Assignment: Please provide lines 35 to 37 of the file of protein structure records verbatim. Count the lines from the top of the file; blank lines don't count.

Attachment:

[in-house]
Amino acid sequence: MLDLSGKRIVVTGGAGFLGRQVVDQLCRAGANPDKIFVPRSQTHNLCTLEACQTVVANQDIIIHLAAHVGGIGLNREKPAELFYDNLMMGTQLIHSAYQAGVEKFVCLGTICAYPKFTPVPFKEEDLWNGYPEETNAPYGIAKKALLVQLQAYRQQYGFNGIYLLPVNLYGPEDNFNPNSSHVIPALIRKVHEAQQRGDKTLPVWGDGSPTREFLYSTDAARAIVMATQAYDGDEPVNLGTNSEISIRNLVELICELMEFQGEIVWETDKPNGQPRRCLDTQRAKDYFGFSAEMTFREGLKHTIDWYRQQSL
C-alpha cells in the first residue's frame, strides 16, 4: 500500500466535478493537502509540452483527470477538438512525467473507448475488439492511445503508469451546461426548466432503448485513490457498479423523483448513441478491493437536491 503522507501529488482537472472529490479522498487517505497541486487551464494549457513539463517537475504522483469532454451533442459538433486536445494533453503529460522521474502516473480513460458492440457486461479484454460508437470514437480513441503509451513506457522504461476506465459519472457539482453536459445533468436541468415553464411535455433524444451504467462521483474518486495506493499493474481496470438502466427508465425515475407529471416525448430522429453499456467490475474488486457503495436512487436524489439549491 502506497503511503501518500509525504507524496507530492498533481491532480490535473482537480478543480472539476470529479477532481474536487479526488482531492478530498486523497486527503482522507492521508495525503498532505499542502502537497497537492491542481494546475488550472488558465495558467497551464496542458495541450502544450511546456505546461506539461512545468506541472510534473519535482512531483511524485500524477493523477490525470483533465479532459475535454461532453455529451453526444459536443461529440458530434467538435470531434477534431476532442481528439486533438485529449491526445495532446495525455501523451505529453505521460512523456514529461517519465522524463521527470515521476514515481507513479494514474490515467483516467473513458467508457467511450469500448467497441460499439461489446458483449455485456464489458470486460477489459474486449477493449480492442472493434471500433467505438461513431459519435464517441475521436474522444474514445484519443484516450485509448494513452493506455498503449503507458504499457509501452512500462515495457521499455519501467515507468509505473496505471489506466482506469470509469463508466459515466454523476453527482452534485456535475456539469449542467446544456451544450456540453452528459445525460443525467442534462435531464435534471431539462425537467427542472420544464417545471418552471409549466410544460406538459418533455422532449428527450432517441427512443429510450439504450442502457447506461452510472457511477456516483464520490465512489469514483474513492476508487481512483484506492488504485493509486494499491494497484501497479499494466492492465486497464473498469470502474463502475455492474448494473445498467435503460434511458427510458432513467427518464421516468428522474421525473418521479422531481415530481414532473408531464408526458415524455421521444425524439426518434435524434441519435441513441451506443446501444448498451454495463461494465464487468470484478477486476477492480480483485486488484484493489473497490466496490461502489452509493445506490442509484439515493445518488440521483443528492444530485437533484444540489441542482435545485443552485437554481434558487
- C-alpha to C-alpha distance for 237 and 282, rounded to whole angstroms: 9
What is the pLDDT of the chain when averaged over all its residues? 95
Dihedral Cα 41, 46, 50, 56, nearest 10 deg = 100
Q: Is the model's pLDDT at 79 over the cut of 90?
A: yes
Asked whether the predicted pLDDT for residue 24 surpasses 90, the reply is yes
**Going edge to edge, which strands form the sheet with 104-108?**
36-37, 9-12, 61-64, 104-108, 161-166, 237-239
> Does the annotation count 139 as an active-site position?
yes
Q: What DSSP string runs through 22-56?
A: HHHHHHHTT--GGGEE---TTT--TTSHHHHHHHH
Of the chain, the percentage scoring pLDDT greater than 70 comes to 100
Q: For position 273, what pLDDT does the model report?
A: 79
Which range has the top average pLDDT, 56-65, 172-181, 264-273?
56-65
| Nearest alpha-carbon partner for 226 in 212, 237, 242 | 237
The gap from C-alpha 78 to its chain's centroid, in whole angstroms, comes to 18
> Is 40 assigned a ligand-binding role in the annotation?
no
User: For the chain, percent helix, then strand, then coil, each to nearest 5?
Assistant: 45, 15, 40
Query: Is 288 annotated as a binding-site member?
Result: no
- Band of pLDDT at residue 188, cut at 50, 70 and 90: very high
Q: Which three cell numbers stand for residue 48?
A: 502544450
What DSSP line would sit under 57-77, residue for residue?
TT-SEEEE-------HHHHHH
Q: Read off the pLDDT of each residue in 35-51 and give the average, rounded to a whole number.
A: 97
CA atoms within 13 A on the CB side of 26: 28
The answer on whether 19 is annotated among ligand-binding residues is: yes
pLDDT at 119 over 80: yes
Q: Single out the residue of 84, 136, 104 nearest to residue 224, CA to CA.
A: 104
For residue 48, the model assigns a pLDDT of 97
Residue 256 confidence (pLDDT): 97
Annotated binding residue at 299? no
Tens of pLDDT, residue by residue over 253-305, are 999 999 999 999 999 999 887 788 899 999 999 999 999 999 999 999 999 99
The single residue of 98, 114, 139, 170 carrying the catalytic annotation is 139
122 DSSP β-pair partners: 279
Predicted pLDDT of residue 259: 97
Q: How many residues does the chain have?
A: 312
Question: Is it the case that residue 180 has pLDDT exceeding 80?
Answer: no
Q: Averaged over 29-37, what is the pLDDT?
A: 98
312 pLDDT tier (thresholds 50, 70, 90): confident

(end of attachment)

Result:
A: 97
CA atoms within 13 A on the CB side of 26: 28
The answer on whether 19 is annotated among ligand-binding residues is: yes